Instant Classic! Women's Tennis Stuns No. 72 Harvard, 4-3
PHILADELPHIA - Playing women's tennis in the Ivy League, it seems as though week-in and week-out that you are forever competing against nationally-ranked opponents. Playing against No. 72 Harvard on Friday, things were not going well early on as Penn found itself down 3-0. However, the momentum started to change and the home crowd got behind the underdogs. Point-by-point and match-by-match, the Quakers clawed their way back into contention for the win.
First, they took No. 1 singles in straight sets to get in the win column. After that, they took No. 5 in straight sets and the score was 3-2 in favor of Harvard. However, this match was far from over as No. 2 and No. 6 were going the full three sets. With the Hamlin Tennis Center Courts divided by the bridge, half the Penn faithful watched Emma Whitfield take No. 6. The other half watched Stephanie Do save multiple match points in her decisive set at No. 2 before clinching the match in a third-set tiebreak.
The 4-3 win marked the first of the Ivy League schedule for the Quakers. It was also the first win against a nationally-ranked opponent for head coach Sanela Kunovac during her time coaching at Penn. The last time Penn picked up a win against a ranked opponent was just over four years ago when the Quakers beat then-No. 72 Dartmouth on April 12, 2008, 5-2, playing on the Lott Courts.
Starting off in doubles, the Crimson would take two of the three matches, but even then the Quakers would not go down without a fight until the very end. Harvard jumped out early by taking the first doubles match at No. 3, 8-2. Penn would rebound with a win at No. 1 in a matchup of nationally-ranked doubles pairings. In this match, Jules Rodin and Sol Eskenazi showed why they are continuing to move up in the rankings as they dispatched Harvard's No. 48 team, 8-4. Penn's No. 1 team is now 8-3 playing together at No. 1 doubles this year and has two Ivy wins under their belts.
With No. 1 and No. 3 split, the doubles point would come down to the No. 2. However, Penn shuffled the usual pairing in this spot and went with two freshmen, Alex Ion and Srinidhi Raghavan. Like so many other matches, this would also be a back-and-forth match. Penn's No. 2 team rallied from down 5-2 to bring the match even at six-all. Harvard won a hard-fought drawn-out 13th game to go up 7-6, before coming away with the 8-6 win and clinching the doubles point.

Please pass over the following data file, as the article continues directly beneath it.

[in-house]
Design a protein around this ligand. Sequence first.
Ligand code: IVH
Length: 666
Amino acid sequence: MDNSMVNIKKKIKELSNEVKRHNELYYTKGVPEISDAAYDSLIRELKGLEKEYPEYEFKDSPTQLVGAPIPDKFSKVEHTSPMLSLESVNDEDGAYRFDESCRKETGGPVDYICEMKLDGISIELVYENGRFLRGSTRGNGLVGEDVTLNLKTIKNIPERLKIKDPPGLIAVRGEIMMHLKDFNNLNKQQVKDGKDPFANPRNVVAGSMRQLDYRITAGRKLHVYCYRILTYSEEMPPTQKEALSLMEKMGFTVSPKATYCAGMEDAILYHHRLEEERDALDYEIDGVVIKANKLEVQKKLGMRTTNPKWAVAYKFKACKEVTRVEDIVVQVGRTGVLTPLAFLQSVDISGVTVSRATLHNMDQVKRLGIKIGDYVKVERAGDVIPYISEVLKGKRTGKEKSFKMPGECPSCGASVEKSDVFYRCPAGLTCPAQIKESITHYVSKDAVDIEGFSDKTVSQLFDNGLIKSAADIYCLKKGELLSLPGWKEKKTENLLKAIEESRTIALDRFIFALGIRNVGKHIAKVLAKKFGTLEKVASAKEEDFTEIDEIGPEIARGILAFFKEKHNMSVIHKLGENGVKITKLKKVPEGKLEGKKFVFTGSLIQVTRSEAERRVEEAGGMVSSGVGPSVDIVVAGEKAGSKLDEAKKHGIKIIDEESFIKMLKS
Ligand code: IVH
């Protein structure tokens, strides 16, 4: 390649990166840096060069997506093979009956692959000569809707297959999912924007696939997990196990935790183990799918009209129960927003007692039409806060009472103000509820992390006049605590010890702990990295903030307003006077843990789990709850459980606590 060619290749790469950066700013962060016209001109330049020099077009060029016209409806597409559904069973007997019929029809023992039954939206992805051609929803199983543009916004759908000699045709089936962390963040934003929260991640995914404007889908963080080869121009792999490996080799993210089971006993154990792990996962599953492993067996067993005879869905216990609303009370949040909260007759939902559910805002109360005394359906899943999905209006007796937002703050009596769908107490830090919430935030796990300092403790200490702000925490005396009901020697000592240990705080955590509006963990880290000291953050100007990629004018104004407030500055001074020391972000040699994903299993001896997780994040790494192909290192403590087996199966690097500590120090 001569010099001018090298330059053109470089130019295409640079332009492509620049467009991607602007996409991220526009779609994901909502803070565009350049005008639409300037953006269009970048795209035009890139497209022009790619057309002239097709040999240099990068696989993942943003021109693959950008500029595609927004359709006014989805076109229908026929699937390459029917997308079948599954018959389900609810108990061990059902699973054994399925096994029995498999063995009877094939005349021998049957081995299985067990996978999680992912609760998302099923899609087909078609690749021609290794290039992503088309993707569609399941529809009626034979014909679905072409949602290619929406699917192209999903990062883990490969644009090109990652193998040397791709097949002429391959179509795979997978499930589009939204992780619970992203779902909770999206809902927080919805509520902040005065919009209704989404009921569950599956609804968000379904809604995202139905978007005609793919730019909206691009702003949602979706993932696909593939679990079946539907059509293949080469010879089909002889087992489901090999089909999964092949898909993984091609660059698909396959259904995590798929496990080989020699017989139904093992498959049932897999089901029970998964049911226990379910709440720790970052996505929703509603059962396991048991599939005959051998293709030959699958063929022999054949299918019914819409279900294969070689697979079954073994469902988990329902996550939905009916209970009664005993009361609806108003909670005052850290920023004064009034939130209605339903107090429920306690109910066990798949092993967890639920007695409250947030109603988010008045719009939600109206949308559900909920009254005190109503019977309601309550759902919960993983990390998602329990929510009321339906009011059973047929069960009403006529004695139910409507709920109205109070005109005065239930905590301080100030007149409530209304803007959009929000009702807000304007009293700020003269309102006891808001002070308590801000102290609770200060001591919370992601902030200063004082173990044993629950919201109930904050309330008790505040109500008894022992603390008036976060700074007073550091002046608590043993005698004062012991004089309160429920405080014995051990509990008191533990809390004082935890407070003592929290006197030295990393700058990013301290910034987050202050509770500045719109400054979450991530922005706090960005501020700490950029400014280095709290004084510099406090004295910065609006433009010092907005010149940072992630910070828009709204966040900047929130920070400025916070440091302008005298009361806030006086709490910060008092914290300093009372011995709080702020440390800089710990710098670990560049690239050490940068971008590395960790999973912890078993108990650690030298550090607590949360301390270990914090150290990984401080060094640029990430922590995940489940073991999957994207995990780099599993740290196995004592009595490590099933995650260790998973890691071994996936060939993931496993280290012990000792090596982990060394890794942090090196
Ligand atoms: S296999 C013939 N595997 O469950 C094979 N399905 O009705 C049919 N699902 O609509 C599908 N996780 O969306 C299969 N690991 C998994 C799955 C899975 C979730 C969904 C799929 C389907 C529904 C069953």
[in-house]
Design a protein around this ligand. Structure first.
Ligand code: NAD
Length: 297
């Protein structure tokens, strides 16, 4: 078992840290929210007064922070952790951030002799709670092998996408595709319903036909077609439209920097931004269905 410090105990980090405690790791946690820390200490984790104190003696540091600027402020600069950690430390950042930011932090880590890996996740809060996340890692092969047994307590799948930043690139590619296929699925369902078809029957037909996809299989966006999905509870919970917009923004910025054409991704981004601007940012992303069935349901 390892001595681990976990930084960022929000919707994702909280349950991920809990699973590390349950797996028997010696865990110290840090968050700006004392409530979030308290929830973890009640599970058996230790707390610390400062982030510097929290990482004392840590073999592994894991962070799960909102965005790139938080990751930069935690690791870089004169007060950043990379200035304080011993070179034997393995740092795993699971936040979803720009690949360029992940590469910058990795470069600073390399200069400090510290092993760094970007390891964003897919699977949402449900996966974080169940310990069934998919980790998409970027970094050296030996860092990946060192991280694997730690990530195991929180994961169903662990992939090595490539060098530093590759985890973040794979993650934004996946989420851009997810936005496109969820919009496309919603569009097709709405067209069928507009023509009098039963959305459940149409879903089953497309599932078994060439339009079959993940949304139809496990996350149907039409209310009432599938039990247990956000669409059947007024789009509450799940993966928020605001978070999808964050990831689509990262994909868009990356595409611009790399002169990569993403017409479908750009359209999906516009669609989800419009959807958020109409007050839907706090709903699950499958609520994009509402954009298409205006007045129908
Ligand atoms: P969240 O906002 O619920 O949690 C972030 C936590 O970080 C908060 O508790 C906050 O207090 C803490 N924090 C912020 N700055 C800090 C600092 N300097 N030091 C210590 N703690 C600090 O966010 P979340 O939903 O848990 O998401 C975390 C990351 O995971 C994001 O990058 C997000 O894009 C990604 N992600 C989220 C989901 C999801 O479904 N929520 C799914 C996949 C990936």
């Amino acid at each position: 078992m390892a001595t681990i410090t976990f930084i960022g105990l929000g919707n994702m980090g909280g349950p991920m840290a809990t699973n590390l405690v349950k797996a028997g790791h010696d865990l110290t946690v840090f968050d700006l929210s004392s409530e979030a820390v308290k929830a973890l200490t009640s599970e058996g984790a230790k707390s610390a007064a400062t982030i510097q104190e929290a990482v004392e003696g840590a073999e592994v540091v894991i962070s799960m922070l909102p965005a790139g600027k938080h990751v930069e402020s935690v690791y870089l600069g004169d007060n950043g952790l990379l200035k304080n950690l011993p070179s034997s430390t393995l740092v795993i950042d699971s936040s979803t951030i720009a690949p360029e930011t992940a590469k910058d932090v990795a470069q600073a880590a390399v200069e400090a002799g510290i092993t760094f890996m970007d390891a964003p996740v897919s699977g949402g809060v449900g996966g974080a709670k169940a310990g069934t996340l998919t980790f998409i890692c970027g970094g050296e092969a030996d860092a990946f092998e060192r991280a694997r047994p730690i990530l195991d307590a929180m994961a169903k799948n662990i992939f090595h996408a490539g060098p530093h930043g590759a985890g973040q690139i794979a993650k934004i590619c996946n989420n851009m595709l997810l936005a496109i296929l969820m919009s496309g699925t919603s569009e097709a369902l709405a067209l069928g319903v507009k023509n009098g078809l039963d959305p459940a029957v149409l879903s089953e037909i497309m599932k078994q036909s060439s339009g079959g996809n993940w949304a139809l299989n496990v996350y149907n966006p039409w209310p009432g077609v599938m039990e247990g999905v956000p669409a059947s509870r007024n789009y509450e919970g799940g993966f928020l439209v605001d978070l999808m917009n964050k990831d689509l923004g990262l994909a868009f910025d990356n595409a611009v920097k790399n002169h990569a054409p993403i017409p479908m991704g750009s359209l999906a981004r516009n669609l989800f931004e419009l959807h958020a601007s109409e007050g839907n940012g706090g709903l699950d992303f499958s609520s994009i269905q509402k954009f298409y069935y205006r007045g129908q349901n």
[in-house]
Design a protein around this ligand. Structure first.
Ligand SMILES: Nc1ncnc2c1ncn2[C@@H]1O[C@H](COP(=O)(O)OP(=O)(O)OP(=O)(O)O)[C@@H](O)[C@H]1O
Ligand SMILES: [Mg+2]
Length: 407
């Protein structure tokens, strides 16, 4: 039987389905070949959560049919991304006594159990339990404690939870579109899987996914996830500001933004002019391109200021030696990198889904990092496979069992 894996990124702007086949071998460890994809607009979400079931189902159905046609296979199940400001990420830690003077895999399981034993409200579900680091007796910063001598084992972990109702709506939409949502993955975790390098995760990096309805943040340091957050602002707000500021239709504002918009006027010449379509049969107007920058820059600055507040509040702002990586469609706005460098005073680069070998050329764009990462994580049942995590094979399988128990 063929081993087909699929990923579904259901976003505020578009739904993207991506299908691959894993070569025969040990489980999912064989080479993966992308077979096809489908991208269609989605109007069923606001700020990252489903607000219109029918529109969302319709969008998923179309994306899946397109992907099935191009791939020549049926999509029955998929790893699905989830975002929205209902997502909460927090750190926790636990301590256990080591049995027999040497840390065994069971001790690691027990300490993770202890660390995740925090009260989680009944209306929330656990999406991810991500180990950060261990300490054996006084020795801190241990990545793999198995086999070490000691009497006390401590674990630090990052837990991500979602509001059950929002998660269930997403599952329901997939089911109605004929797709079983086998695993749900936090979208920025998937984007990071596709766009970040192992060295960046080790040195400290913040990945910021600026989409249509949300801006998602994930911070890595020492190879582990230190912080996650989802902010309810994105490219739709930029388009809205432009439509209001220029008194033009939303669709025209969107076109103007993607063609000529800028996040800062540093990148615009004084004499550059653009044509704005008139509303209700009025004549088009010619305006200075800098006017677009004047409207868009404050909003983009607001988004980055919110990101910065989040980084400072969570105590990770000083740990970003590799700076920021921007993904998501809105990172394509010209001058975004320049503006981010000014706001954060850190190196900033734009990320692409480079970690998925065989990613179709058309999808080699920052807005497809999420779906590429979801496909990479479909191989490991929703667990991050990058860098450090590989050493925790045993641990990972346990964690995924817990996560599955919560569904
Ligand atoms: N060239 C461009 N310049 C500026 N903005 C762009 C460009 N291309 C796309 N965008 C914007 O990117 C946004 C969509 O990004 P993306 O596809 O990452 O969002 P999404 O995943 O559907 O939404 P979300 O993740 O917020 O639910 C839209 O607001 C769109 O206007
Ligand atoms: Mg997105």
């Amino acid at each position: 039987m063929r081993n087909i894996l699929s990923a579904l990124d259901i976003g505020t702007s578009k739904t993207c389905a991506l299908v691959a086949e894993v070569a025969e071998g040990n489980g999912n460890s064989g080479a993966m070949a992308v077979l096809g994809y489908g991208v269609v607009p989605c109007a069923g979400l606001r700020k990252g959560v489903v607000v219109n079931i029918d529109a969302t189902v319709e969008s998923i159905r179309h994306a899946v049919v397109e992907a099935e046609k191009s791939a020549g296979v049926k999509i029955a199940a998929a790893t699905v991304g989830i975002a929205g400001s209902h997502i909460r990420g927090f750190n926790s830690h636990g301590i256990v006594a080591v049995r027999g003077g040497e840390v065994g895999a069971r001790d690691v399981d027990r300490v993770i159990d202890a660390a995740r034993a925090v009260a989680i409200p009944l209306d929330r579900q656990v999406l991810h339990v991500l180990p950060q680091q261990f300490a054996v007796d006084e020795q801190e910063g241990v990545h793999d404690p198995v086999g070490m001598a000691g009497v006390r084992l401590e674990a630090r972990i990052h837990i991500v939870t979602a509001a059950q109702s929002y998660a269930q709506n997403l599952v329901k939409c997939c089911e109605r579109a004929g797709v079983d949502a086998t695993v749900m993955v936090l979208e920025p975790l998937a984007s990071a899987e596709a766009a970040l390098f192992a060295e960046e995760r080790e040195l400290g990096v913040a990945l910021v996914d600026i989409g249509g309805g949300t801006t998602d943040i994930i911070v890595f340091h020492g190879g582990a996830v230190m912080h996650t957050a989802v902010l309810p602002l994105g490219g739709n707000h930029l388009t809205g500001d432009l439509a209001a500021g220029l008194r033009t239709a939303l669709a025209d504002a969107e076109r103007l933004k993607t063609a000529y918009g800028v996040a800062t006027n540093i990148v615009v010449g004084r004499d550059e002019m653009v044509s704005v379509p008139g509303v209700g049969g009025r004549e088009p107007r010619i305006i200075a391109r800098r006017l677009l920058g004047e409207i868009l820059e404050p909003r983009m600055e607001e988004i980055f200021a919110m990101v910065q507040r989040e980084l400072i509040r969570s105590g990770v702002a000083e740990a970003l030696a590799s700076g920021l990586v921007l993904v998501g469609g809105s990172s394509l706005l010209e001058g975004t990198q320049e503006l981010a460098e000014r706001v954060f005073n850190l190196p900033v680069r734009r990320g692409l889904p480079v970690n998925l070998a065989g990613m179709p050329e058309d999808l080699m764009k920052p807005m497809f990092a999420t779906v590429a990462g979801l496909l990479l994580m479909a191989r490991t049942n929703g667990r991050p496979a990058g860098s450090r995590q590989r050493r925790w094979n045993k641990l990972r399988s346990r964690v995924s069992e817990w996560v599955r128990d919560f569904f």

Riding the momentum from taking the early doubles point, the Crimson further extended their lead and put themselves on the brink of victory with wins at No. 3 and No. 4 singles. At No. 3, Ion took just one game in the first set as Harvard's Camille Jania stayed unbeaten in the spring season. Daniela DePaoli took two games in the second set at No. 4, but Harvard was on the brink of victory after this match, up 3-0.
Just when the Crimson thought they would be walking out of the match with a 3-0 record to start the Ivy season, the Quakers turned the tide. Eskenazi got the ball rolling with a straight-set win at No. 1. After a 6-2 win in the first set, Penn's freshman took the second, 6-4. Her 10th win of the spring moved Eskenazi to 3-1 overall in Ivy League play. She is now 17-4 overall this year.
Another freshman, Raghavan, would pull the match to 3-2 with a win at No. 5. She jumped out to a 5-2 lead in her opening set. Her opponent would take the next two games, but Raghavan kept her composure, winning the opening set, 6-4. In the second, she again jumped out to a 5-2 lead. This time, there would be no comeback as she took the next game, recording her first career Ivy League win; her sixth win overall this season.
With just two matches to go, this was far from over. Interestingly enough, it was Penn's third doubles team, Stephanie Do and Emma Whitfield, playing No. 2 and No. 6, respectfully, that remained on the courts as they looked to avenge a doubles loss. At No. 2, Do was up after a 6-2 win in the first set, and was leading 5-4 in the second, before her opponent broke serve and rallied to take two more games and force a decisive third set. At the exact same time that was going on, Whitfield had just finished pulling out a tight 6-4 second set after falling in the first, 6-3.
Things were not any easier on the spectator's blood pressure in the third sets. Whitfield had her final set on serve through five games and would earn her first break in the sixth game to go up 4-2. However, Do was in for a battle as she found herself down 5-3 and needed a break of serve for Penn to stay alive. A very emotionally charged Whitfield would pull out the win at No. 6 by capturing two of her last three games, winning 6-3.
This tied the team score at three-all, but there was still a tremendous amount of work to be done. By the time that Whitfield had put the finishing touches on her match at No. 6, Do had gotten the needed break with the match on the line and held serve in the next game to knot her third set at five-all. After Do's opponent held to go up 6-5, Penn's service was anything but routine as Do had to save more match points before forcing a third-set tiebreak at six-all.
In the tiebreak to decide the match, Do won 7-4 as a charged up Penn team celebrated its victory in front of the equally enthusiastic home crowd. For Do, this victory was her 12th of the year. She now moves to 7-5 playing at No. 2 singles by evening her Ivy League record at 2-2.
After a heart-stopping opening match to the Ivy weekend, Penn will be right back on the Hamlin Tennis Center Courts tomorrow afternoon at noon for a match against Dartmouth.
Penn 4, #72 Harvard 3